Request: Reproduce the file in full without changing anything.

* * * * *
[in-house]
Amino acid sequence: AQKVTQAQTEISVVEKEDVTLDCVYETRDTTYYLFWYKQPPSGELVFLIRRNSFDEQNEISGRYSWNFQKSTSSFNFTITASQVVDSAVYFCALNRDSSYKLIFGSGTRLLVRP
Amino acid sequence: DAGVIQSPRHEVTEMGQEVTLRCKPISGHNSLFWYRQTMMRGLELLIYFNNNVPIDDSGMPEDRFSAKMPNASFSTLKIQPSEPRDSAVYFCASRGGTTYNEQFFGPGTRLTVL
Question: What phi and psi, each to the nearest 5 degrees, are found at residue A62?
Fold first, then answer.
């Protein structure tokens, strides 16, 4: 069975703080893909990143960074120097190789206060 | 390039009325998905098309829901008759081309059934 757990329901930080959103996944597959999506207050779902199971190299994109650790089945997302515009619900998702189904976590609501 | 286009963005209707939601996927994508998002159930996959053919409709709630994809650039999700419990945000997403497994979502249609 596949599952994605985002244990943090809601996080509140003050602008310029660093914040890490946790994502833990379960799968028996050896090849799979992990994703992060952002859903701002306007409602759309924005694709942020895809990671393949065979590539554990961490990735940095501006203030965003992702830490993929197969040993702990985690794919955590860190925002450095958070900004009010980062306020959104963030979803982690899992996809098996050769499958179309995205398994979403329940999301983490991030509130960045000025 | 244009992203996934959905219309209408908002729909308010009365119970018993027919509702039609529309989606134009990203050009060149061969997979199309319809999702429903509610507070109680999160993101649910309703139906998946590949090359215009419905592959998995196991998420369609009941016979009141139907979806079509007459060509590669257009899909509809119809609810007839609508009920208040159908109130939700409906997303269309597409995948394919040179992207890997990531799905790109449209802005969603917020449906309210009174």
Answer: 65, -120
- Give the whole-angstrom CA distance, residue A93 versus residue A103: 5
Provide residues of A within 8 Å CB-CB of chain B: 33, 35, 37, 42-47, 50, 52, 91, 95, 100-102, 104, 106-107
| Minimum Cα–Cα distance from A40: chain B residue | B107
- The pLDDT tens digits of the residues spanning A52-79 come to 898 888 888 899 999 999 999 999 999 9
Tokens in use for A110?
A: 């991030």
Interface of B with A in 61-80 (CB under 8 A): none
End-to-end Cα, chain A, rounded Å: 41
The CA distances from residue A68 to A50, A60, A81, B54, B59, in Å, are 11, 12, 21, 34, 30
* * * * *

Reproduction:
[in-house]
Amino acid sequence: AQKVTQAQTEISVVEKEDVTLDCVYETRDTTYYLFWYKQPPSGELVFLIRRNSFDEQNEISGRYSWNFQKSTSSFNFTITASQVVDSAVYFCALNRDSSYKLIFGSGTRLLVRP
Amino acid sequence: DAGVIQSPRHEVTEMGQEVTLRCKPISGHNSLFWYRQTMMRGLELLIYFNNNVPIDDSGMPEDRFSAKMPNASFSTLKIQPSEPRDSAVYFCASRGGTTYNEQFFGPGTRLTVL
Question: What phi and psi, each to the nearest 5 degrees, are found at residue A62?
Fold first, then answer.
């Protein structure tokens, strides 16, 4: 069975703080893909990143960074120097190789206060 | 390039009325998905098309829901008759081309059934 757990329901930080959103996944597959999506207050779902199971190299994109650790089945997302515009619900998702189904976590609501 | 286009963005209707939601996927994508998002159930996959053919409709709630994809650039999700419990945000997403497994979502249609 596949599952994605985002244990943090809601996080509140003050602008310029660093914040890490946790994502833990379960799968028996050896090849799979992990994703992060952002859903701002306007409602759309924005694709942020895809990671393949065979590539554990961490990735940095501006203030965003992702830490993929197969040993702990985690794919955590860190925002450095958070900004009010980062306020959104963030979803982690899992996809098996050769499958179309995205398994979403329940999301983490991030509130960045000025 | 244009992203996934959905219309209408908002729909308010009365119970018993027919509702039609529309989606134009990203050009060149061969997979199309319809999702429903509610507070109680999160993101649910309703139906998946590949090359215009419905592959998995196991998420369609009941016979009141139907979806079509007459060509590669257009899909509809119809609810007839609508009920208040159908109130939700409906997303269309597409995948394919040179992207890997990531799905790109449209802005969603917020449906309210009174």
Answer: 65, -120
- Give the whole-angstrom CA distance, residue A93 versus residue A103: 5
Provide residues of A within 8 Å CB-CB of chain B: 33, 35, 37, 42-47, 50, 52, 91, 95, 100-102, 104, 106-107
| Minimum Cα–Cα distance from A40: chain B residue | B107
- The pLDDT tens digits of the residues spanning A52-79 come to 898 888 888 899 999 999 999 999 999 9
Tokens in use for A110?
A: 């991030």
Interface of B with A in 61-80 (CB under 8 A): none
End-to-end Cα, chain A, rounded Å: 41
The CA distances from residue A68 to A50, A60, A81, B54, B59, in Å, are 11, 12, 21, 34, 30